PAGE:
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IRB Concerns: Vulnerable Participants

The concept of vulnerability means something different in an IRB context that it does in common usage of the term: a vulnerable participant is someone who, due to personal limitations or a situation they are in, might not be completely free to refuse to participate in a research study because they have reduced capacity to make decisions for themselves. Vulnerability in this sense is important because if a person is not completely free to refuse to participate in research, in a sense they cannot give meaningful consent to participate either. We may talk of vulnerable individuals or vulnerable populations, but in either case the vulnerability is often due to one of the following conditions/situations, as described by the University of Virginia:

1) Cognitive or communicative (e.g., a mental or language barrier; someone who does not speak English or is educationally disadvantaged, or is a child and thus not mature enough to understand the nature of the research, or is a developmentally delayed or mentally ill adult and thus in the same circumstance). Children are discussed on a separate subpage.

2) Institutional (a student participating in a professor's research or an employee in an employer's; in this instance, the researcher has power over the potential participant and could theoretically use that power in retribution if the potential participant elected not to participate; a similar reasoning is used in describing prisoners and other institutionalized people such as the elderly (in some cases) as vulnerable)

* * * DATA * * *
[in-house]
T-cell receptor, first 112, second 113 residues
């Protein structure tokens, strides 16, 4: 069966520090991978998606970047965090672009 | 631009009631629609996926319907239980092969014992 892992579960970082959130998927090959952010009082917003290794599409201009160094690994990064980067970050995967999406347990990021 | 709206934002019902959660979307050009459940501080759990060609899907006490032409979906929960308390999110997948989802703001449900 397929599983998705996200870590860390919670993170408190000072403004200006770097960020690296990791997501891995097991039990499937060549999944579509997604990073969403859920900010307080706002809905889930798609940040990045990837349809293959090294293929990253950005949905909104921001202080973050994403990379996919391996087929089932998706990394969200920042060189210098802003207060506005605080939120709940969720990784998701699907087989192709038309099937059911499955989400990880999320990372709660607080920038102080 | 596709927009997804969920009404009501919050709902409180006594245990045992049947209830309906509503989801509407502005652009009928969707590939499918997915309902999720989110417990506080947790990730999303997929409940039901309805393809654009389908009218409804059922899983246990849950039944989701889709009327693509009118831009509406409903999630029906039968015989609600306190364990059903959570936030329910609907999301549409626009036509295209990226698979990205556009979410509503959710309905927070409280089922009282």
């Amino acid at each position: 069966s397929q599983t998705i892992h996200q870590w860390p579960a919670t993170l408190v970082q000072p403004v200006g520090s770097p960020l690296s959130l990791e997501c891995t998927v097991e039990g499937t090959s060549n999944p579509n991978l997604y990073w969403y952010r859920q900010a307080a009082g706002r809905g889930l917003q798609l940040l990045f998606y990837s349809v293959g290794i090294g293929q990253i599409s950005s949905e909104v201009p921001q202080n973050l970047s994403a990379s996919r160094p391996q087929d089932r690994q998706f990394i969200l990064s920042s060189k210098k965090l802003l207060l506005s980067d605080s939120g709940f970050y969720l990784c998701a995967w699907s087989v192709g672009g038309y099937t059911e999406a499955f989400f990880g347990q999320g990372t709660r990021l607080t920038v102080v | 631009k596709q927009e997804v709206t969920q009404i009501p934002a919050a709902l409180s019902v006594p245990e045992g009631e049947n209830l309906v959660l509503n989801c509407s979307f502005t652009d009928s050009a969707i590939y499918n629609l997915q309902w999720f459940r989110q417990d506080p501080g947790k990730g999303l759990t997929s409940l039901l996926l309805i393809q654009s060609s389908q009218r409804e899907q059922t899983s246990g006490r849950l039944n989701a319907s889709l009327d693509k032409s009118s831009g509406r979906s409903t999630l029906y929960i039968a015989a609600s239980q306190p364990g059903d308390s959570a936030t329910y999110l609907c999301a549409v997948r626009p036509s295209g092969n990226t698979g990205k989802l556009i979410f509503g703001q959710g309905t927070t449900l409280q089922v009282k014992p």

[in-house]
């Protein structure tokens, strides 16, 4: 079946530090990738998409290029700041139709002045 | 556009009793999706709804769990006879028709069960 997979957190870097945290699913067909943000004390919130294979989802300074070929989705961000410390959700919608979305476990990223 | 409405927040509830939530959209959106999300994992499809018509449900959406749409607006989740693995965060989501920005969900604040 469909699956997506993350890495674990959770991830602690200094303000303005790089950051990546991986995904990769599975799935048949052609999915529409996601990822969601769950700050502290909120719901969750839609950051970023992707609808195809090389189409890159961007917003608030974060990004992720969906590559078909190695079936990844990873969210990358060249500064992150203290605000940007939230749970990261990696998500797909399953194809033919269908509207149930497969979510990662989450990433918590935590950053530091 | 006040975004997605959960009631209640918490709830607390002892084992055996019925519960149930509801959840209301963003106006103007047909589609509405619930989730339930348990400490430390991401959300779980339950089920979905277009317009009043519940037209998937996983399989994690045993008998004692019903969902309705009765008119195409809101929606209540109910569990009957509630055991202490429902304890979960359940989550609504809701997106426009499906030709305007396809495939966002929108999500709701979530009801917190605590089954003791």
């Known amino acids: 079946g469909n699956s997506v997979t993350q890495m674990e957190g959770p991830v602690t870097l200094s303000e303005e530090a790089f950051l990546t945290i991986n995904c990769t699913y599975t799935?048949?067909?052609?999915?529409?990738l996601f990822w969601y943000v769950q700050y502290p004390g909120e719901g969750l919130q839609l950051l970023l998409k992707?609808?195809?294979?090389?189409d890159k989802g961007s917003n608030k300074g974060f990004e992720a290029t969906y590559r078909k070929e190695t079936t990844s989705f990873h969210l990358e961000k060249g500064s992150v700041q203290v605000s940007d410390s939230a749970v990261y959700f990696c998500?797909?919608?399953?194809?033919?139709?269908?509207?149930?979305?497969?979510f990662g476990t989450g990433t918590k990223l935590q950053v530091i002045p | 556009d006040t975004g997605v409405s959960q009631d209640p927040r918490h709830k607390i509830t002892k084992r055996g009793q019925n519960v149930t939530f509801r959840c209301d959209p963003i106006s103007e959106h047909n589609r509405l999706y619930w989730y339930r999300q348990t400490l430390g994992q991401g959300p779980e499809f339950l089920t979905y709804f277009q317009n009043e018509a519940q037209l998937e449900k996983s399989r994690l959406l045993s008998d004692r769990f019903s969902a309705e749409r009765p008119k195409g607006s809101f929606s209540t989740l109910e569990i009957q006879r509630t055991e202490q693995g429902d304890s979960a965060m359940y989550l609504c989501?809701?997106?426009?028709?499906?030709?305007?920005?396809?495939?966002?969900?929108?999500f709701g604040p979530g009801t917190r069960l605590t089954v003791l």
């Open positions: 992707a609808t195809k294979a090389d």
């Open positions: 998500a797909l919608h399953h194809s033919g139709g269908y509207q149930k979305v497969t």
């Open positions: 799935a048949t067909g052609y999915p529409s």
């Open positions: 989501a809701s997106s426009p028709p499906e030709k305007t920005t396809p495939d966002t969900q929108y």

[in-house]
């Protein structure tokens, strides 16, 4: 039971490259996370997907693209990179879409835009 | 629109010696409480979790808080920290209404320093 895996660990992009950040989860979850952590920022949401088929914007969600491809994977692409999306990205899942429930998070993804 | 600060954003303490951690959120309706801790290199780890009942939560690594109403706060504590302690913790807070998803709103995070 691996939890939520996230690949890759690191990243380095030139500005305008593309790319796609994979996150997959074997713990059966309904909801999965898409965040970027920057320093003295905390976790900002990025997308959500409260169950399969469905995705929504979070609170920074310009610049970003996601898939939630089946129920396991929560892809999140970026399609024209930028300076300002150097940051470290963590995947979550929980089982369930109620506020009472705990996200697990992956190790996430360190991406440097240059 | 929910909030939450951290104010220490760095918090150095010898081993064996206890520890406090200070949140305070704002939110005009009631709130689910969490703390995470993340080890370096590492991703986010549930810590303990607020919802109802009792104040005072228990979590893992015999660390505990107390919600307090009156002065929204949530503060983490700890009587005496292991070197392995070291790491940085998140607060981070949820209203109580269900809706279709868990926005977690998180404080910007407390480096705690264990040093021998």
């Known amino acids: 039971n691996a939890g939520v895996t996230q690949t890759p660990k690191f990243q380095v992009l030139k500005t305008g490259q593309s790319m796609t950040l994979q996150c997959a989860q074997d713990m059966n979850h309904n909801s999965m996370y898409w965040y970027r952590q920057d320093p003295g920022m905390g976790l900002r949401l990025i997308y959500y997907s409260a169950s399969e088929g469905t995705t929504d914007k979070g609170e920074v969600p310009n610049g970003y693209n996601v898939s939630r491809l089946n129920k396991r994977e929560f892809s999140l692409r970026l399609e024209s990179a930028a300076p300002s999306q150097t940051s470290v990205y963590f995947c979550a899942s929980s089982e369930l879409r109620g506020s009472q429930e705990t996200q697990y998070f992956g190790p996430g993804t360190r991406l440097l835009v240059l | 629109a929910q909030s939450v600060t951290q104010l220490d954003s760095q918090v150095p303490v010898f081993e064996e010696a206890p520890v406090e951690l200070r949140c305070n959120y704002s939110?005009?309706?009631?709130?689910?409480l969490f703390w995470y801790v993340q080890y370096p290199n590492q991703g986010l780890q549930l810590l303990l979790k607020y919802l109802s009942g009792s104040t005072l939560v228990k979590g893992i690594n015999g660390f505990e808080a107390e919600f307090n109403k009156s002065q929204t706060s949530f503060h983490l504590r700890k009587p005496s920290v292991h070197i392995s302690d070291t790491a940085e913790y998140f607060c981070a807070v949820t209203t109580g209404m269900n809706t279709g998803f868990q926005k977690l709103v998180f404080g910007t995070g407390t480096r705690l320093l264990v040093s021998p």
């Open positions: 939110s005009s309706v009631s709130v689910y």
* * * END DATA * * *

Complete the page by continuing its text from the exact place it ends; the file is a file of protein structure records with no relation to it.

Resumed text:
3) Deferential (the researcher is a doctor and the potential participant is a patient, or the researcher is a senior family member; in these circumstances the researcher is generally treated with special respect and deference and it is presumed that they will get their wishes)

4) Medical (the potential participant has a serious or terminal illness and thus has a medical need that they can only get met by participating in the research). The issue of incentives is discussed on a separate subpage.

5) Economic (the potential participant is poor, homeless, or otherwise economically disadvantaged and the incentives to participate (free resources) would make such a difference in the person's life or well-being as to have a coercive effect). The issue of incentives is discussed on a separate subpage.

6) Social (a person is a member of a social group that faces real or perceived discrimination and thus is unusually vulnerable to coercion in a research context)

Prisoners in particular require special review on the part of the IRB including the presence of a prisoner representative during the Full Board review of the research. Prisoner representatives can include a former prisoner, a social worker, or an advocate of another generally accepted type. Students are discouraged from pursuing research involving prisoners and faculty and staff are advised that such projects will call for a slow review process compared to our traditionally efficient turnaround.

None of the above points should be taken to mean that someone with one of the above identities or in one of the above situations can never participate in research, only that they are to receive special protections to make sure that they do in fact consent and have not been coerced.

Look for some changes to the above related to IRB legal modifications in the near future.